The 15th Amendment (1870) continues to protect the voting rights of racial minorities against state officials who would deny those rights.

The Progressive-Era Amendments

Some people dislike the 16th Amendment (1913) because they think it authorized Congress to impose an income tax. Actually, Congress had full authority to impose an income tax prior to the 16th Amendment (pdf), and it did so on several occasions. The 16th Amendment simplified income tax statutes by dropping the previous requirement that they be structured so that each state’s contribution was proportional to its population.

Whether you like the 16th Amendment or not, there’s no doubt it’s in full effect.

The original Constitution placed the election of U.S. senators in the state legislatures. The 17th Amendment (1913) transferred it to the general electorate. This measure was adopted for several reasons. One was a new development: Americans thought the original system had worked well for several decades, but had broken down thereafter.

Some conservatives decry this amendment because they believe it led to the current federal monster state. The evidence on this point is mixed, and I’ll examine it in a later column.

Whether you like the 17th Amendment or not, you have to admit that it continues in full force today.

The 18th Amendment (1919)—Prohibition—is no longer around because the 21st (1933) duly repealed it. Like nearly every other amendment, the 21st retains its original power.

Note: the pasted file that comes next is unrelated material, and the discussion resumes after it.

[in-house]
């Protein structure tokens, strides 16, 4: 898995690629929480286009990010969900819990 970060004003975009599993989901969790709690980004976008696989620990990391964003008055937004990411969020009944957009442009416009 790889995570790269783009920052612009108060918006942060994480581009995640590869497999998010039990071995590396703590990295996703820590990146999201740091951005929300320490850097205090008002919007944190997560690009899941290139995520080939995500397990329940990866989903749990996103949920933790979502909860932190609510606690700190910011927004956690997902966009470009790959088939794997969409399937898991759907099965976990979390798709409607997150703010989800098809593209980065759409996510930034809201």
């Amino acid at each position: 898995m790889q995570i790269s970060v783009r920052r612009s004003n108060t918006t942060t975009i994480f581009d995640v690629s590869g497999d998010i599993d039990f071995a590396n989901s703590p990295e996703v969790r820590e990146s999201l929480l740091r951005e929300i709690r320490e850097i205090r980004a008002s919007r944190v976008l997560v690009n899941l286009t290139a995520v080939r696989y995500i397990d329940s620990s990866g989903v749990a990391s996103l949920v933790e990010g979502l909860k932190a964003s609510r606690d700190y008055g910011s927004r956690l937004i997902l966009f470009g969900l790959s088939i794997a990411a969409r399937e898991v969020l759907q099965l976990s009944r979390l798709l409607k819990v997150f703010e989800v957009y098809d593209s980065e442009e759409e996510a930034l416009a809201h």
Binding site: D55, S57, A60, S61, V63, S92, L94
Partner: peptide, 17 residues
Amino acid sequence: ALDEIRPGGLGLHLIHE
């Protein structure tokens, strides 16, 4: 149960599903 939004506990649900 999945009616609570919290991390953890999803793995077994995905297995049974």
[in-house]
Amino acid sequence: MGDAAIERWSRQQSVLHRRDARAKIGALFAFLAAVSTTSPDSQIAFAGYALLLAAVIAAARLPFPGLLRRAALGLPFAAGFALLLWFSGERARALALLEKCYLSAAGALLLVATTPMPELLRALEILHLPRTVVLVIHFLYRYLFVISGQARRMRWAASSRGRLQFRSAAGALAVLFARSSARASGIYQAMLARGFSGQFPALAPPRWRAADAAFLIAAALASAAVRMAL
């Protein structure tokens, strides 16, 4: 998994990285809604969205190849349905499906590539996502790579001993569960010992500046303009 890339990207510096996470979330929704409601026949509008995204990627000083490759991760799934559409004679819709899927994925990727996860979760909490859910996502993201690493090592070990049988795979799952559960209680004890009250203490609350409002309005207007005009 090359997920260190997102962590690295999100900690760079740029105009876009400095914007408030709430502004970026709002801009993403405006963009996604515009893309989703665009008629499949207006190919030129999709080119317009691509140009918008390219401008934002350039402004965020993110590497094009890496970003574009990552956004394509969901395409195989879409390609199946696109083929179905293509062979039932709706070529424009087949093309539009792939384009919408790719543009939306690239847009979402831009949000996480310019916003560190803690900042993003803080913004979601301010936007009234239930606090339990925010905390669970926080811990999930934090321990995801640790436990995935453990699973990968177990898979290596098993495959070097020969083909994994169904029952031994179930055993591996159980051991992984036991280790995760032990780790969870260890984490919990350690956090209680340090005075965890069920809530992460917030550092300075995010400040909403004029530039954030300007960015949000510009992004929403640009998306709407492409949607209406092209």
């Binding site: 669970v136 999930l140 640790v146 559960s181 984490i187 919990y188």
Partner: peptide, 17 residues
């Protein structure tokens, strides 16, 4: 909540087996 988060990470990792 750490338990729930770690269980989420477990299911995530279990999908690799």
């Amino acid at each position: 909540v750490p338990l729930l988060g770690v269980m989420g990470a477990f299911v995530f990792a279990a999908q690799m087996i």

Women are no longer disenfranchised in any state because the 19th Amendment (1920) assured them the right to vote. If you think amendments don’t make any difference, try to convince your state lawmakers to bar women from the polls—and see what happens.

The 20th Amendment (1933) responded to new developments in transportation. Like the 12th, it also corrected drafting problems in Article II.

Post-World War II Amendments

There are six post-World War II amendments, and all continue to work as intended.

The 22nd Amendment (1951) limited the president to two terms. It’s the sole reason that self-aggrandizing presidents no longer run for third terms. This enduring reform has inspired proposals for extending term limits to Congress and to federal judges.

The 23rd Amendment (1961) granted presidential electors to the District of Columbia. I don’t think much of this idea, but there’s no doubt it remains in full effect.

The 24th Amendment (1964) responded to state abuse of the tax system to suppress minority voting. It did the job.

The 25th Amendment (1967) further corrected drafting problems in Article II by addressing presidential disability. The procedures in this amendment have been triggered twice.

The 26th Amendment (1971) reversed a Supreme Court decision (Oregon v. Mitchell) and extended the vote to 18-year-olds.

The 27th (originally part of James Madison’s Bill of Rights, but not ratified until 1992), provides that any bill raising congressional pay doesn’t take effect until after the next congressional election.


The claim that “amendments won’t work” has no factual basis. On the contrary, almost every amendment ever adopted continues to affect our political and legal system.

Patrick Henry once said, “I have but one lamp by which my feet are guided; and that is the lamp of experience. I know of no way of judging of the future but by the past.”

On this subject, the lamp of experience sheds light unmistakably bright and clear: Constitutional amendments work.

Robert G. Natelson, a former constitutional law professor and constitutional historian, is a senior fellow in constitutional jurisprudence at the Independence Institute in Denver, and a senior adviser to the Convention of States Project. He is the author of “The Law of Article V” (2nd ed., 2020), and moderator of the Article V Information Center.

Views expressed in this article are the opinions of the author and do not necessarily reflect the views of The Epoch Times.

Rob Natelson
Robert G. Natelson, a former constitutional law professor, is senior fellow in constitutional jurisprudence at the Independence Institute in Denver.